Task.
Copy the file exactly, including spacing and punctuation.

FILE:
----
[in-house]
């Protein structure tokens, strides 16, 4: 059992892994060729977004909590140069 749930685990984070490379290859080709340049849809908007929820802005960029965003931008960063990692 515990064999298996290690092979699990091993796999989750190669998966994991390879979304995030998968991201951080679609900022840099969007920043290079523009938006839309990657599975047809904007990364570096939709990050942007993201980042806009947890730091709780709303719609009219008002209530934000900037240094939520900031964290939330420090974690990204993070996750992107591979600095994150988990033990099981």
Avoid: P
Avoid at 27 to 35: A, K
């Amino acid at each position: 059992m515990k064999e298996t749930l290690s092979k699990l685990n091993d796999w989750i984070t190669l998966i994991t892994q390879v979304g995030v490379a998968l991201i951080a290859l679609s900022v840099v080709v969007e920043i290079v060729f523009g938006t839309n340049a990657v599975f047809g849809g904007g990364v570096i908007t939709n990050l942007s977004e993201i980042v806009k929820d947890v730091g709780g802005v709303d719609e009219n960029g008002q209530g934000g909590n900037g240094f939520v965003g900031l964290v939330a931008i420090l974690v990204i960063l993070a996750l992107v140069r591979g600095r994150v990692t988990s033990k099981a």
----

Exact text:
[in-house]
């Protein structure tokens, strides 16, 4: 059992892994060729977004909590140069 749930685990984070490379290859080709340049849809908007929820802005960029965003931008960063990692 515990064999298996290690092979699990091993796999989750190669998966994991390879979304995030998968991201951080679609900022840099969007920043290079523009938006839309990657599975047809904007990364570096939709990050942007993201980042806009947890730091709780709303719609009219008002209530934000900037240094939520900031964290939330420090974690990204993070996750992107591979600095994150988990033990099981």
Avoid: P
Avoid at 27 to 35: A, K
């Amino acid at each position: 059992m515990k064999e298996t749930l290690s092979k699990l685990n091993d796999w989750i984070t190669l998966i994991t892994q390879v979304g995030v490379a998968l991201i951080a290859l679609s900022v840099v080709v969007e920043i290079v060729f523009g938006t839309n340049a990657v599975f047809g849809g904007g990364v570096i908007t939709n990050l942007s977004e993201i980042v806009k929820d947890v730091g709780g802005v709303d719609e009219n960029g008002q209530g934000g909590n900037g240094f939520v965003g900031l964290v939330a931008i420090l974690v990204i960063l993070a996750l992107v140069r591979g600095r994150v990692t988990s033990k099981a």